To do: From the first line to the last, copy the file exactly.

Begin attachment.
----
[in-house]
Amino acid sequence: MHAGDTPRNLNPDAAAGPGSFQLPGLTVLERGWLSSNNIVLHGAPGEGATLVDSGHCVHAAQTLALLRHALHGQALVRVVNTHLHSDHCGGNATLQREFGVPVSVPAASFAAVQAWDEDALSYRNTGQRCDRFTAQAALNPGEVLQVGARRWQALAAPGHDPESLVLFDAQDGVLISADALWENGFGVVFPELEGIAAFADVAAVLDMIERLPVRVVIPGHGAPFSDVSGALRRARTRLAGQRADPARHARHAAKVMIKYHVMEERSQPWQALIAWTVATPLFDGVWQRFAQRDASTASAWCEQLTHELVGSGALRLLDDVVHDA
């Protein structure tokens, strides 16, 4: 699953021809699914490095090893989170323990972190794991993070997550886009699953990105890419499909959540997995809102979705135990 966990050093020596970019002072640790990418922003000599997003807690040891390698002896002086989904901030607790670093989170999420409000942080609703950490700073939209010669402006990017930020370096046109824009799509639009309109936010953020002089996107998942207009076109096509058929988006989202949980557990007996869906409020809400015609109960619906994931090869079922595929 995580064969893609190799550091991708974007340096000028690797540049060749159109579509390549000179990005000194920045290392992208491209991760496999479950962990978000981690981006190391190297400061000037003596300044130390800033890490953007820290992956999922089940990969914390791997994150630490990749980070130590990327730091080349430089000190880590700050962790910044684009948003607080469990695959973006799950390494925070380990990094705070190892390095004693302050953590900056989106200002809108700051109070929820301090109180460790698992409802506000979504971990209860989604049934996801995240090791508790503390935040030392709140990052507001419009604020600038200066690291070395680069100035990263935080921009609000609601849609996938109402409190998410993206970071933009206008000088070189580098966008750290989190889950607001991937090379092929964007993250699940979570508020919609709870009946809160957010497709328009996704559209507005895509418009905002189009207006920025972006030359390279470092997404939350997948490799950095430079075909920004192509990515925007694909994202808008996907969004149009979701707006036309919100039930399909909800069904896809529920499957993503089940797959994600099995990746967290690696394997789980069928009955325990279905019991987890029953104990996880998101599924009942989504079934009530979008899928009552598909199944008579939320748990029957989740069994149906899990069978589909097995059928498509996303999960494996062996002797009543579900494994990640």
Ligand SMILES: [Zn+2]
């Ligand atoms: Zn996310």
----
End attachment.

[in-house]
Amino acid sequence: MHAGDTPRNLNPDAAAGPGSFQLPGLTVLERGWLSSNNIVLHGAPGEGATLVDSGHCVHAAQTLALLRHALHGQALVRVVNTHLHSDHCGGNATLQREFGVPVSVPAASFAAVQAWDEDALSYRNTGQRCDRFTAQAALNPGEVLQVGARRWQALAAPGHDPESLVLFDAQDGVLISADALWENGFGVVFPELEGIAAFADVAAVLDMIERLPVRVVIPGHGAPFSDVSGALRRARTRLAGQRADPARHARHAAKVMIKYHVMEERSQPWQALIAWTVATPLFDGVWQRFAQRDASTASAWCEQLTHELVGSGALRLLDDVVHDA
């Protein structure tokens, strides 16, 4: 699953021809699914490095090893989170323990972190794991993070997550886009699953990105890419499909959540997995809102979705135990 966990050093020596970019002072640790990418922003000599997003807690040891390698002896002086989904901030607790670093989170999420409000942080609703950490700073939209010669402006990017930020370096046109824009799509639009309109936010953020002089996107998942207009076109096509058929988006989202949980557990007996869906409020809400015609109960619906994931090869079922595929 995580064969893609190799550091991708974007340096000028690797540049060749159109579509390549000179990005000194920045290392992208491209991760496999479950962990978000981690981006190391190297400061000037003596300044130390800033890490953007820290992956999922089940990969914390791997994150630490990749980070130590990327730091080349430089000190880590700050962790910044684009948003607080469990695959973006799950390494925070380990990094705070190892390095004693302050953590900056989106200002809108700051109070929820301090109180460790698992409802506000979504971990209860989604049934996801995240090791508790503390935040030392709140990052507001419009604020600038200066690291070395680069100035990263935080921009609000609601849609996938109402409190998410993206970071933009206008000088070189580098966008750290989190889950607001991937090379092929964007993250699940979570508020919609709870009946809160957010497709328009996704559209507005895509418009905002189009207006920025972006030359390279470092997404939350997948490799950095430079075909920004192509990515925007694909994202808008996907969004149009979701707006036309919100039930399909909800069904896809529920499957993503089940797959994600099995990746967290690696394997789980069928009955325990279905019991987890029953104990996880998101599924009942989504079934009530979008899928009552598909199944008579939320748990029957989740069994149906899990069978589909097995059928498509996303999960494996062996002797009543579900494994990640």
Ligand SMILES: [Zn+2]
């Ligand atoms: Zn996310």